Hugh Pickens writes:
Lindsey Kaufman writes in the Washington Post that despite its obvious problems, the open-office model has continued to encroach on workers across the country with about 70 percent of US. offices having no or low partitions. Silcon Valley has led the way with Facebook CEO Mark Zuckerberg enlisting famed architect Frank Gehry to design the largest open floor plan in the world, housing nearly 3,000 engineers with a single room, stretching 10 acres, where everyone will sit in the open with moveable furniture. Michael Bloomberg was an early adopter of the open-space trend, saying it promoted transparency and fairness. Bosses love the ability to keep a closer eye on their employees, ensuring clandestine porn-watching, constant social media-browsing and unlimited personal cellphone use isn’t occupying billing hours. But according to Kaufman employers are getting a false sense of improved productivity with a 2013 study showing that many workers in open offices are frustrated by distractions that lead to poorer work performance. Nearly half of the surveyed workers in open offices said the lack of sound privacy was a significant problem for them and more than 30 percent complained about the lack of visual privacy. The New Yorker, in a review of research on this nouveau workplace design, determined that the benefits in building camaraderie simply mask the negative effects on work performance. While employees feel like they’re part of a laid-back, innovative enterprise, the environment ultimately damages workers’ attention spans, productivity, creative thinking, and satisfaction says Kaufman. "Though multitasking millennials seem to be more open to distraction as a workplace norm, the wholehearted embrace of open offices may be ingraining a cycle of under-performance in their generation," writes Maria Konnikova. "They enjoy, build, and proselytize for open offices, but may also suffer the most from them in the long run."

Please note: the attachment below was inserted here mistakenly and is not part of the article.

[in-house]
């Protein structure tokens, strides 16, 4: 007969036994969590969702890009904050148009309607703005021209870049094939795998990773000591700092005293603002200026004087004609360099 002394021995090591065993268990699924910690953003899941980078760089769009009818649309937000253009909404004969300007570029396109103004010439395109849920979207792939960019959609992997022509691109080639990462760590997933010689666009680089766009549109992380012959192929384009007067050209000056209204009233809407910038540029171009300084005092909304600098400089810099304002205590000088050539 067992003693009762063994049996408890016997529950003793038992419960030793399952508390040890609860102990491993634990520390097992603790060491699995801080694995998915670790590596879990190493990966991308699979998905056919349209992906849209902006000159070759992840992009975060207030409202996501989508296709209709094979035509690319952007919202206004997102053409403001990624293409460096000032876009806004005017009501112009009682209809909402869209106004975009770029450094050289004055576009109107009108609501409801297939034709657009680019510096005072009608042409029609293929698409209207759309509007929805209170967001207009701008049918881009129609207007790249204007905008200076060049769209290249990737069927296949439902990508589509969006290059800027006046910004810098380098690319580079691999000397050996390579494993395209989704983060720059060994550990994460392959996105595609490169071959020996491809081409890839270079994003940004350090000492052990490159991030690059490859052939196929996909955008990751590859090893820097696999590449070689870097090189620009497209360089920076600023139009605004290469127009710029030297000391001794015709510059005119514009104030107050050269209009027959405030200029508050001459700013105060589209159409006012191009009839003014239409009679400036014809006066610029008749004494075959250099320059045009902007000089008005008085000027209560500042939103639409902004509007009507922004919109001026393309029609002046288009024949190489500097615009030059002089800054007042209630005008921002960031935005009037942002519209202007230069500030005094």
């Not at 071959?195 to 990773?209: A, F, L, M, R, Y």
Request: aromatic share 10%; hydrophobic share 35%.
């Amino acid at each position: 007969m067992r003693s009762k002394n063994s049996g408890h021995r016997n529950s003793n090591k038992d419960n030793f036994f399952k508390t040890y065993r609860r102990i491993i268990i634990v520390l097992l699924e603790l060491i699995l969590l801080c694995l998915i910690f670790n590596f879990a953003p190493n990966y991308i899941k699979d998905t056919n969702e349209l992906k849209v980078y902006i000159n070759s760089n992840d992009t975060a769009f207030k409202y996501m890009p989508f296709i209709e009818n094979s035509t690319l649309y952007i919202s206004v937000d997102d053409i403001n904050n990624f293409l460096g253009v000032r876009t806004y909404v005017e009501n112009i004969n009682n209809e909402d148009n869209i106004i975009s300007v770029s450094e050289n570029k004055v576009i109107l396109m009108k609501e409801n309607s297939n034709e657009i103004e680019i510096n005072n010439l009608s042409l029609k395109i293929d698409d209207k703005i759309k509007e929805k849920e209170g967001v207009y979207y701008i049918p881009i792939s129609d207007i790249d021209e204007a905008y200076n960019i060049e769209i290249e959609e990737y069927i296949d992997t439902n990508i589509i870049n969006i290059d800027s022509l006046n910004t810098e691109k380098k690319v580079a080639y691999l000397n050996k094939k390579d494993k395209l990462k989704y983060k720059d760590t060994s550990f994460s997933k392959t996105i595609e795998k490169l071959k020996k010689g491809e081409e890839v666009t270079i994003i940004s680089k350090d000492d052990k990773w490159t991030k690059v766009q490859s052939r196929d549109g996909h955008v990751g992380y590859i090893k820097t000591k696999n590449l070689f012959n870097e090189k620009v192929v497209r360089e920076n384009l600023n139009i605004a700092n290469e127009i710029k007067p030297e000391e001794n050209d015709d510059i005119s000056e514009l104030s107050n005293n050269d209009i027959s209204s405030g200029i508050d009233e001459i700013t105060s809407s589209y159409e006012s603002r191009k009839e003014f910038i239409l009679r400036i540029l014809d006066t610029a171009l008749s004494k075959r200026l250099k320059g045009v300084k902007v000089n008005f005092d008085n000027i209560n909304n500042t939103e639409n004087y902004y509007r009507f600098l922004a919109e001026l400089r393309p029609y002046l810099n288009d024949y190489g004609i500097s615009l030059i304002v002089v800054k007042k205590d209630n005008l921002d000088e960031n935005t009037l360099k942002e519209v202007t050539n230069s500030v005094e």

I find that there are a few booleans that must be set to certain values for a person to be someone that I'd fundamentally dislike before I really even have the chance to "know" them. Enjoyment of that site is now another one on the list.
About six months ago, my company went to the "open office". We went from nice 6'x4' or so cubicles to a seat along a bench with about 2 cubic feet of storage and a desk smaller than I have at home. The lighting is stark bright, and I have no ability to tack diagrams or the like up on the walls anymore. I sit about 18 inches from the guy on my right, and so close to the guy behind me that he and I can't roll both our chairs back at the same time if we wanted to.
Overall, people have just gotten bitterer and more angry about their jobs. One guy is constantly tense and yells at people once a week or so. Other people are looking for new jobs. The noise doesn't get to me because I listen to punk at max volume all day long. The harsh full-bright LED lighting and the fact that someone can walk up behind you at any time does though. I liked the company and thought we were above brain-dead management fads, but apparently I was wrong. Right now I spend a lot of time trying to decide if it's pissing me off enough to leave.
What kind of work is it? (I'm trying to imagine any kind of work where that situation wouldn't be obviously catastrophic.)
That's the best part: It depends, and there's no method of organization to that extent.
I do dev work, and so does anyone behind me. The guys who sit on the other side of me do data center ops or something. They're on conference calls literally all day, and I make out bits and pieces about change requests and network settings and the like, so that's what I assume anyway. But it's not very fun trying to be focused in on something, and have people around you constantly talking, even when it's "approved" talk, and not just bullshitting.
Yeacchhhh. You have my enormous sympathies.
Get a new job. The one you have sucks. They don't deserve you.